So that 10 cats in total now - some ran away when the lure of farmland was better than our house, some were rehomed, and three have now met their fate under wheels. It's strange that the first cat, Nipper, a stately 14 year old now, will also now be our last cat.
|Posted on July 1, 2009 at 10:01 AM||comments (0)|
As I'm still off with the cold, I've spent a little while updating the site,
With all that done, I'm now going to wipe my nose, cough a lot, and watch Andy Murray fail to make to semi finals at Wimbledon.
|Posted on June 30, 2009 at 3:14 PM||comments (0)|
Another bloody virus. Started on Sunday (felt like crap), continued on Monday (went to work, and not quite sure how I got through the day), and totally knocked me for 6 today. It's also moved to my chest, reducing my peak flow to just 300 after using an inhaler (should be at least 550).
So they day has been sleep, watch Doctor Who DVD (The Impossible Planet), sleep, watch Star Wars Clone Wars DVD (which led to more sleep), watch another Doctor Who DVD (The Satan Pit), cook tea (shove things in oven more like, too knackered to cook properly) watch Saving Private Ryan (forgot how bloody good it is), and that's about all I had energy for.
Must go back to work tomorrow.
|Posted on June 27, 2009 at 9:12 AM||comments (0)|
I started this course about 3 months ago. (NVQ Level 2 in Business and Administration, for those who don't understand the title) Today was my fourth visit from my assessor, Vera. Everything is going exceptionally well, and she told me that in two visits we will submit one of the best ever BA NVQs she's seen.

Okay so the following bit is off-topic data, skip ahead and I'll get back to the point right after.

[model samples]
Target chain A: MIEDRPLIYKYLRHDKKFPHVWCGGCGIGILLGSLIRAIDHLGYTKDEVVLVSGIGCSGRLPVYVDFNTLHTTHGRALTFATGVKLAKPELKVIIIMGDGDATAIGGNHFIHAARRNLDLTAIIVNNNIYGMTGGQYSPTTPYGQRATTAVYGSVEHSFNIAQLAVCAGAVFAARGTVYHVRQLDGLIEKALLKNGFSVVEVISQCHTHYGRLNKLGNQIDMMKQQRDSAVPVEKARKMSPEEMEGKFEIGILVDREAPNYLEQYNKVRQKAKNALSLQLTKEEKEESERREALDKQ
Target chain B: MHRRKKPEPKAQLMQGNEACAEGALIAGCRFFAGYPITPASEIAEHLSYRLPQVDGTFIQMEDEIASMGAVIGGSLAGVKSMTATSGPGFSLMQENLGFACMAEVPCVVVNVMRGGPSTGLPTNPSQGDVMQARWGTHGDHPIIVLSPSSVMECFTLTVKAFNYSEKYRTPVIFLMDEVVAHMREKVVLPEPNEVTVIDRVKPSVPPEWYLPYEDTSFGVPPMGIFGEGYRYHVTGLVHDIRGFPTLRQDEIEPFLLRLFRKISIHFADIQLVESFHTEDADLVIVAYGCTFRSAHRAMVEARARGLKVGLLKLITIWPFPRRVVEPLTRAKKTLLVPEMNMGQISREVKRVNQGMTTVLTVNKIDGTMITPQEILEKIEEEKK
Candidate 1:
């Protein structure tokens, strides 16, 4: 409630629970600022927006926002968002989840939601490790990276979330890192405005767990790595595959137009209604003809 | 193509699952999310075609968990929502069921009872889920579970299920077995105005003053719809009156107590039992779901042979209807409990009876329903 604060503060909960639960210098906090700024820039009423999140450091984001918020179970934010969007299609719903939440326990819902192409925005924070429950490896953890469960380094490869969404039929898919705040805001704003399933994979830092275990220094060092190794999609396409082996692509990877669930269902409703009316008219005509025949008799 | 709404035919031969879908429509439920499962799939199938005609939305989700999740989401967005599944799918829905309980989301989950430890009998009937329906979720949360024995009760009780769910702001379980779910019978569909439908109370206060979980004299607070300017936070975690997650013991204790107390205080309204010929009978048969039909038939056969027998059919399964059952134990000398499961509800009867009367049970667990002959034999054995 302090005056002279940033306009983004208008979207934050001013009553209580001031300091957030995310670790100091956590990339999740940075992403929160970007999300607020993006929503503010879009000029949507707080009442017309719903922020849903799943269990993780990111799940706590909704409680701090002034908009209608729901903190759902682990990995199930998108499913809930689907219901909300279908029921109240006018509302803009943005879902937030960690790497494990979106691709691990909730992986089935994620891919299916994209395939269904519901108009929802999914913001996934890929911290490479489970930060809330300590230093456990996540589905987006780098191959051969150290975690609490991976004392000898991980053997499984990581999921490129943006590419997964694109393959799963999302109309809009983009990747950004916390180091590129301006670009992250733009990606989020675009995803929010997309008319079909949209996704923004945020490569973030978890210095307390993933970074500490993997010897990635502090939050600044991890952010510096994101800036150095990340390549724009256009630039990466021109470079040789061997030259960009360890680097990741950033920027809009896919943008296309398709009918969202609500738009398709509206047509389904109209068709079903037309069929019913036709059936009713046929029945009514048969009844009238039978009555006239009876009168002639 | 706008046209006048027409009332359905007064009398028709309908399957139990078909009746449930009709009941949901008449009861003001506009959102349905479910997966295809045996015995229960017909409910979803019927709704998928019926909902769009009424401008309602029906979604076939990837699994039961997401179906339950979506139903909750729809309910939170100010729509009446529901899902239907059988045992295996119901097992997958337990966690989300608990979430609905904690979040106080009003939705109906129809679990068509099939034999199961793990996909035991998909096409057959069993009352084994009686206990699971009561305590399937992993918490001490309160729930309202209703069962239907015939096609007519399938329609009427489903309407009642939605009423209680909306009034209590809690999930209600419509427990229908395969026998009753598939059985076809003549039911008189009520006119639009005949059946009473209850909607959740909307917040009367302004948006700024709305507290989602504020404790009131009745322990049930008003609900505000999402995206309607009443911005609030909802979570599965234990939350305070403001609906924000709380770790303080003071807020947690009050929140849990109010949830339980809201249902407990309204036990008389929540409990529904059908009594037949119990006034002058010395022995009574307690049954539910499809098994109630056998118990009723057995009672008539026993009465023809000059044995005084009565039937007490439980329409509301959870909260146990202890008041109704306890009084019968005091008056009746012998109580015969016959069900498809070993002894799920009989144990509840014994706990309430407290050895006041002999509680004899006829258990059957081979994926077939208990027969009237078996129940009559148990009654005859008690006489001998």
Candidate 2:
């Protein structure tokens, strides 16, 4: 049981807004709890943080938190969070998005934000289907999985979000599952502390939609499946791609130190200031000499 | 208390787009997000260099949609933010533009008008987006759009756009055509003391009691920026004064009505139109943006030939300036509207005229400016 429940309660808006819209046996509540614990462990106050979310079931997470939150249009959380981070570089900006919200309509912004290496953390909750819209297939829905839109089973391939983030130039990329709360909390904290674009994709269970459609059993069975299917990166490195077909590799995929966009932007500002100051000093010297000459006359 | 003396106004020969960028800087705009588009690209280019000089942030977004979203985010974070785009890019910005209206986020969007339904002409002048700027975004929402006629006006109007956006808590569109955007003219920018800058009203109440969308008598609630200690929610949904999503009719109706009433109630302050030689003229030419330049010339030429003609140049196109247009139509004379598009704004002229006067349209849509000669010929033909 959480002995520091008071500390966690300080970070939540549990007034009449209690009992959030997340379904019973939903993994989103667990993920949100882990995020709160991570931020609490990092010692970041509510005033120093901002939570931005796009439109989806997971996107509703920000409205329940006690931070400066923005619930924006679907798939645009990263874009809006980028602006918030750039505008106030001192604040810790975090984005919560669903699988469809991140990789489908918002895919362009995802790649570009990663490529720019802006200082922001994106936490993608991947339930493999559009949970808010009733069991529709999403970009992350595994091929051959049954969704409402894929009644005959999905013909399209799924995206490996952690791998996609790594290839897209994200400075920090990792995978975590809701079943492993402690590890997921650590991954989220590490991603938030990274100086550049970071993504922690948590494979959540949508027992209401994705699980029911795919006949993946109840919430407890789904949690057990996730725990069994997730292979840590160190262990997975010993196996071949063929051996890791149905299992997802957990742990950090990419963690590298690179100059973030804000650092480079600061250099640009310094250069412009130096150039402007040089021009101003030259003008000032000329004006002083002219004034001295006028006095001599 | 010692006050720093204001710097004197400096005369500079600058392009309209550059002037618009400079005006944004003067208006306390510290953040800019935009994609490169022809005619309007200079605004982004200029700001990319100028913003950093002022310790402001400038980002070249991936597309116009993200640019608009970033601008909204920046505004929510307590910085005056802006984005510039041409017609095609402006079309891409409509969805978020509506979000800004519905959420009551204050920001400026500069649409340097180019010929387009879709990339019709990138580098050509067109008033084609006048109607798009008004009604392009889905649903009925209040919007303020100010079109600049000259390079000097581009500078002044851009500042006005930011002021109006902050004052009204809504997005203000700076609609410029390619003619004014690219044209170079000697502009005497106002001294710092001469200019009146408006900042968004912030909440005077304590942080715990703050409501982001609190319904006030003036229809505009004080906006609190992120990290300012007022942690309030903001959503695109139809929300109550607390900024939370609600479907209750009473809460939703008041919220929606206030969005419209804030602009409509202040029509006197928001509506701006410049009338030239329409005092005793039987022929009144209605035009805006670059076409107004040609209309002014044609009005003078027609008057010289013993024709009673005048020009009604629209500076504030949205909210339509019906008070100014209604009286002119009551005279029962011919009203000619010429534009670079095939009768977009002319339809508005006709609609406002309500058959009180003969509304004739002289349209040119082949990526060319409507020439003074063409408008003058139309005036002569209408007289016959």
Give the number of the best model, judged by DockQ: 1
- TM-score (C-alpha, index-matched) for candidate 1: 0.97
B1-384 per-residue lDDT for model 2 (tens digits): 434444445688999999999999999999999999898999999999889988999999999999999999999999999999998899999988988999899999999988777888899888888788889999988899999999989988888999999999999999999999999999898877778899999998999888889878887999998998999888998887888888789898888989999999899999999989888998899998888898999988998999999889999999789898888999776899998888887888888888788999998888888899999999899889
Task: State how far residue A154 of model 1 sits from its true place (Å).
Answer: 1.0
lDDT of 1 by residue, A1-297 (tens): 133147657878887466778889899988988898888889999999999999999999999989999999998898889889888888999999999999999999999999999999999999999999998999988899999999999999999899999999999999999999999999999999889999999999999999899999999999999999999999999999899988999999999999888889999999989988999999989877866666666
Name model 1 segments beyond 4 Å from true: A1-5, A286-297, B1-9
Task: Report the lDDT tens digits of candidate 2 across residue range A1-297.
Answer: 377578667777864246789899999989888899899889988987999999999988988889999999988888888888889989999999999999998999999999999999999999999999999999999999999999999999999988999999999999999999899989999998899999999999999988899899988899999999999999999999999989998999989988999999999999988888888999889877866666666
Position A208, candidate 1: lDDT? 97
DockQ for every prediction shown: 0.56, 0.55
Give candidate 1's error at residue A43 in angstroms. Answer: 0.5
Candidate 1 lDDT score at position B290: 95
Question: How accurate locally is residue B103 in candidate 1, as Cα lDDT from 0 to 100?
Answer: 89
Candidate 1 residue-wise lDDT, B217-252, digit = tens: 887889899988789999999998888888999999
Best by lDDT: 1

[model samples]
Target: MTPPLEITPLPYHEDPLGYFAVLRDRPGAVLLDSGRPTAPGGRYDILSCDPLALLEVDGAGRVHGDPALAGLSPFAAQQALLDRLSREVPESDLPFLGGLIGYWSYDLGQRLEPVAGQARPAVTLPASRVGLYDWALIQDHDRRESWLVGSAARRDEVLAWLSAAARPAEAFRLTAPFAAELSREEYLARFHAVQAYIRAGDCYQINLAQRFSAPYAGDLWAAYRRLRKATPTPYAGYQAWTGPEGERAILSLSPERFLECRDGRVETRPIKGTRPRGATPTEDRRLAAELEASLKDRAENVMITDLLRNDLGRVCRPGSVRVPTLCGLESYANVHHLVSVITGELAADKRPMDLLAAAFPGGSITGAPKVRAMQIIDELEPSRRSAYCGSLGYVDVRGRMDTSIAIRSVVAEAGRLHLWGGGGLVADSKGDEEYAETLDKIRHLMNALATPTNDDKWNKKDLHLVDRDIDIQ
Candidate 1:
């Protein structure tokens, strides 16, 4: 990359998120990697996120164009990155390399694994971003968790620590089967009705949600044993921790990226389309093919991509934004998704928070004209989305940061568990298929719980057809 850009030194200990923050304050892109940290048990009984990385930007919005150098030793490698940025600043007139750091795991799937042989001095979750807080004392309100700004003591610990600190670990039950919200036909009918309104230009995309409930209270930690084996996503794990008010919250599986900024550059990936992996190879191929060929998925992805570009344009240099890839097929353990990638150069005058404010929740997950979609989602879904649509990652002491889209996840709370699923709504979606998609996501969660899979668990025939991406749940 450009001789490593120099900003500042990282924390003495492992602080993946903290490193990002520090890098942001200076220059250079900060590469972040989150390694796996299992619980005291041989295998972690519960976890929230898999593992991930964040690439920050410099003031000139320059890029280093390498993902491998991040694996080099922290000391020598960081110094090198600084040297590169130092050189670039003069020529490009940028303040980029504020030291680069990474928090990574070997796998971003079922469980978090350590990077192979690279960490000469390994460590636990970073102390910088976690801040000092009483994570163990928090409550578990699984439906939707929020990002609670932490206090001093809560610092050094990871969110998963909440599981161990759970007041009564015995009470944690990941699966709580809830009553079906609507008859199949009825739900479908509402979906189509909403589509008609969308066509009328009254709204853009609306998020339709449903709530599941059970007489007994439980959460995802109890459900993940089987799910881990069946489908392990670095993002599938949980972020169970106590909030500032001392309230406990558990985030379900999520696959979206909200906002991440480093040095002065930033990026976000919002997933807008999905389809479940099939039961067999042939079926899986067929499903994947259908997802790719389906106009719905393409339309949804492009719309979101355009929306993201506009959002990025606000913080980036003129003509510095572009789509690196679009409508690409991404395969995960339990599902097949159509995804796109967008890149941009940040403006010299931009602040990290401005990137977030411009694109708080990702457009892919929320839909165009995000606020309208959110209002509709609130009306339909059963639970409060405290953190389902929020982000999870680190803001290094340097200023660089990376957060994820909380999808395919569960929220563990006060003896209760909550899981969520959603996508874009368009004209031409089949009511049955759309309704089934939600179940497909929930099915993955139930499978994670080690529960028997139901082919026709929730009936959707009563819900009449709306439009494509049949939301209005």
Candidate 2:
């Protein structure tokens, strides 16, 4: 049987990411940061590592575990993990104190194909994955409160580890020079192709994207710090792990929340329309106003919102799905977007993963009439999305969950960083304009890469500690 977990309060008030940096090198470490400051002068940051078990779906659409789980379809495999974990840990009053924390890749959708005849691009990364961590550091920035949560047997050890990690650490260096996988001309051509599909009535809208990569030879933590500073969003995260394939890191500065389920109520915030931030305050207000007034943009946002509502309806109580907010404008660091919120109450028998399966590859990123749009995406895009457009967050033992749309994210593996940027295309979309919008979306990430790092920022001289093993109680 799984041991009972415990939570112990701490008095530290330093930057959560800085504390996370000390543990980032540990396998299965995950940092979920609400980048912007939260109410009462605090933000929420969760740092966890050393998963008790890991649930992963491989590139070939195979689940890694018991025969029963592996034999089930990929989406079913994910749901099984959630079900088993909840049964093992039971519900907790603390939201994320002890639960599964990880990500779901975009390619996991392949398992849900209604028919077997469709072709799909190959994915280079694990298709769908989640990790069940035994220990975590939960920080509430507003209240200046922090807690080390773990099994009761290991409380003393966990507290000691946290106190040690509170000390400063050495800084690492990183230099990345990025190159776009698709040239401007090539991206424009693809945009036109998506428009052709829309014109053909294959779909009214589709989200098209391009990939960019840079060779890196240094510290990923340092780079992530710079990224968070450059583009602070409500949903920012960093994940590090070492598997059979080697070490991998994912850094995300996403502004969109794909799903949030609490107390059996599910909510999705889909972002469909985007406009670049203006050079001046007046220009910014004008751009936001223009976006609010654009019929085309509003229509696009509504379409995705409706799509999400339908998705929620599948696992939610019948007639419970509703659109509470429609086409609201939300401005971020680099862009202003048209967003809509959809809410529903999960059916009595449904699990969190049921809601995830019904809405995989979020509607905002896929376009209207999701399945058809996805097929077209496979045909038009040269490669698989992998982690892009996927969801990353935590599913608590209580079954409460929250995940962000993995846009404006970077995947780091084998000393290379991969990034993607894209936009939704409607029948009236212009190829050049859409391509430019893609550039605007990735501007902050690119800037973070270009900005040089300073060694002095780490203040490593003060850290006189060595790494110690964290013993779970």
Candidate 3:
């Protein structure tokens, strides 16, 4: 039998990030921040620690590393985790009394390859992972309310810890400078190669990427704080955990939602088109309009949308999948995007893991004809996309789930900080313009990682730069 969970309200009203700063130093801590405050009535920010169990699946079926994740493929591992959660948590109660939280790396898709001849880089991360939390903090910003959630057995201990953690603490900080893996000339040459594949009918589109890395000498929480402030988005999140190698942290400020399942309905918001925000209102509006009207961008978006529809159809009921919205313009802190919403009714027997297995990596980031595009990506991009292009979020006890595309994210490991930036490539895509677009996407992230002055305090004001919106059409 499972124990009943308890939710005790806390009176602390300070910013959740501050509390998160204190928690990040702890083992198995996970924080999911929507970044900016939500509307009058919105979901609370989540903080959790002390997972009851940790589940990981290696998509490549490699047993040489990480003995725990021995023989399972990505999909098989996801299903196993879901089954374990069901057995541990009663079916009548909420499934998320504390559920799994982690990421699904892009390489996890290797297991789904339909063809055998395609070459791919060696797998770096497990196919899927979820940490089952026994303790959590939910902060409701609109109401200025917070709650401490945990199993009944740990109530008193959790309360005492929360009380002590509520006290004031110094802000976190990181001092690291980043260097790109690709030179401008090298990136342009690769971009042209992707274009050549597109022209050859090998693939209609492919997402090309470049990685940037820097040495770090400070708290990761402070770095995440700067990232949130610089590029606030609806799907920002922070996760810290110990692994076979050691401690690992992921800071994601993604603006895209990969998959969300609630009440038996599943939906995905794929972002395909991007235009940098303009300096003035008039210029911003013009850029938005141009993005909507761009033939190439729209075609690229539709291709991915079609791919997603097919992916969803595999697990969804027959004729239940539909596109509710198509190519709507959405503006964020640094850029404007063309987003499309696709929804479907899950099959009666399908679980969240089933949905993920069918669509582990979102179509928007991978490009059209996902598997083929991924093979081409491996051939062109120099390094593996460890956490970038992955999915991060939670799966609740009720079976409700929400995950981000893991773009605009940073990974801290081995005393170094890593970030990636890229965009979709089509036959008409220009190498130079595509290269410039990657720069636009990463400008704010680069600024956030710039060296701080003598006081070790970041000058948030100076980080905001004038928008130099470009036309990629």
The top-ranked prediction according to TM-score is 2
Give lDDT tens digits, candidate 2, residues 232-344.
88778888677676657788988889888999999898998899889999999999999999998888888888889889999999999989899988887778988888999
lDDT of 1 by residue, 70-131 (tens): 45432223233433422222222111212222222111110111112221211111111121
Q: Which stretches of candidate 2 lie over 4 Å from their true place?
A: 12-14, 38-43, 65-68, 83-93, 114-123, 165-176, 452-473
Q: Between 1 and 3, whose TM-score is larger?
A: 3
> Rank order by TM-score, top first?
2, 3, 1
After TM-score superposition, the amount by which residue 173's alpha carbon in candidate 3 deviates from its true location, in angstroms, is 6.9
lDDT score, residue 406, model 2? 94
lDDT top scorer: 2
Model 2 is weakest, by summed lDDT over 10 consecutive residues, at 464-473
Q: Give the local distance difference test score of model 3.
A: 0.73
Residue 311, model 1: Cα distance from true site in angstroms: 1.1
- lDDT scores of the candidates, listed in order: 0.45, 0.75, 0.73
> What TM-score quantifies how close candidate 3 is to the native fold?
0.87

Although in my time in care homes I've seen many people take and complete NVQs, when I started I had no idea what these entailed, especially for business and administration. I have to say I've found it very easy. I had 5 units to complete. One is already signed off, with all the others close behind. All I have to do is write a few statements, get a few other people to write a couple of statement, write down the answers to a few questions, and let her observe me working half a dozen times. Then, hey presto, I've got an NVQ. Piss easy really.
If anyone out there is thinking about starting an NVQ at any level, go for it. As long as you apply yourself, you'll easily complete it. But start quickly, as the qualification is being replaced soon.
|Posted on June 27, 2009 at 5:52 AM||comments (0)|
Secret sources have revealed the outcome of Michael Jackson's autopsy. The coroner has ruled out skin cancer from UV light, or the use of alcohol and recreational drugs as causes of his death. They laughed at one claim that, as in his classic video Thriller, he was a werewolf. The cause of death was strain of rehearsing dance routines for his upcoming tour.
Full Coroner's Statement:
"Don't blame it on the sunshine,
Don't blame it on the moonlight
Don't blame it on the good times
Blame it on the boogie"
|Posted on June 14, 2009 at 4:21 PM||comments (0)|